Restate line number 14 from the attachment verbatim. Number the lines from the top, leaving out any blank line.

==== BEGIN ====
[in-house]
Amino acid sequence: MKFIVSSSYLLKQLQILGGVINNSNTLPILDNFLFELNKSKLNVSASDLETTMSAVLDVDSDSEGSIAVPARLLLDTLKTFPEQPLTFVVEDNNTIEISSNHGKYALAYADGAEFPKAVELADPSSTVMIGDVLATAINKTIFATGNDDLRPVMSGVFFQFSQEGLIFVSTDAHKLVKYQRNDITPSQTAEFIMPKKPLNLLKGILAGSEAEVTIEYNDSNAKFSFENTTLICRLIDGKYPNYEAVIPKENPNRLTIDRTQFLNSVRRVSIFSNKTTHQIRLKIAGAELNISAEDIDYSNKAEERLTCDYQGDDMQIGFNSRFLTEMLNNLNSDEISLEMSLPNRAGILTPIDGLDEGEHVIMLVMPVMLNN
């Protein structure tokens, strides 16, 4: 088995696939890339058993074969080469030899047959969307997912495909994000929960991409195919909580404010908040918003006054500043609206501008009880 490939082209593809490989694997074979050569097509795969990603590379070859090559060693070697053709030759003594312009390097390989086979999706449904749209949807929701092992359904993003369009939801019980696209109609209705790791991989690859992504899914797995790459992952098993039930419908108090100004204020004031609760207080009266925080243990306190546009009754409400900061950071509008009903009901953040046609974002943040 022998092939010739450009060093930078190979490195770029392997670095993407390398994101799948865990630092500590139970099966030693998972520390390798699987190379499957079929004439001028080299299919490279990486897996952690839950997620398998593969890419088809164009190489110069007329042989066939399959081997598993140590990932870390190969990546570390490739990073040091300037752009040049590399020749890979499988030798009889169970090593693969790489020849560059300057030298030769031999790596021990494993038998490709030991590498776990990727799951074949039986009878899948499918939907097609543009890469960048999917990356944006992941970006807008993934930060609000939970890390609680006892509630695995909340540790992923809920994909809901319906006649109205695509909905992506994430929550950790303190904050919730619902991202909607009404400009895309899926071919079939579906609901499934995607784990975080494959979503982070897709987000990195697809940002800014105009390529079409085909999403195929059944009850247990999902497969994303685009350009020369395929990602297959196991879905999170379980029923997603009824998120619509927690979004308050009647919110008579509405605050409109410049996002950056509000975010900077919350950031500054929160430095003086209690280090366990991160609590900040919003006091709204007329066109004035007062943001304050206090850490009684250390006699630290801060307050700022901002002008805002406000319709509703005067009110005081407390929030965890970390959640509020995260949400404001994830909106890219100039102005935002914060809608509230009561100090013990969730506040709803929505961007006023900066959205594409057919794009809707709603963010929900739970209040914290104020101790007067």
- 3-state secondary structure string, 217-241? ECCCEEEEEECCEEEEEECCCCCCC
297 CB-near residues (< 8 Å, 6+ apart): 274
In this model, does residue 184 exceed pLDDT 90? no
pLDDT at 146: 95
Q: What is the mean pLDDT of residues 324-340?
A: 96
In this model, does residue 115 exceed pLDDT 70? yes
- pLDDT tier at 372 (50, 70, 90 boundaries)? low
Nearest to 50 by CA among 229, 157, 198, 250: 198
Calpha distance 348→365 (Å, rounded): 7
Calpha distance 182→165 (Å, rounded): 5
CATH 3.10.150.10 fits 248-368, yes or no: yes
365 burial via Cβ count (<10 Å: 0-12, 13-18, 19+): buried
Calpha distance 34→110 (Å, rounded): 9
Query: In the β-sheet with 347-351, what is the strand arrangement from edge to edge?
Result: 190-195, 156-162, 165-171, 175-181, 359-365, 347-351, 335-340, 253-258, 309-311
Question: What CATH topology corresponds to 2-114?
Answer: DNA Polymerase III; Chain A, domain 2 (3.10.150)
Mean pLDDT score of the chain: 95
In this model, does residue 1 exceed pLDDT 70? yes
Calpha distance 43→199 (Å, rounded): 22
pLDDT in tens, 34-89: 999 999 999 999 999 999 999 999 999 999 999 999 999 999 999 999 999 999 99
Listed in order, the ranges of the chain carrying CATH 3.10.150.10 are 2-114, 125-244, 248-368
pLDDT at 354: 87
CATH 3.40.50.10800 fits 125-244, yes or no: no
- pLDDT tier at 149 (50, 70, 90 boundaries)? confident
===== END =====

Calpha distance 182→165 (Å, rounded): 5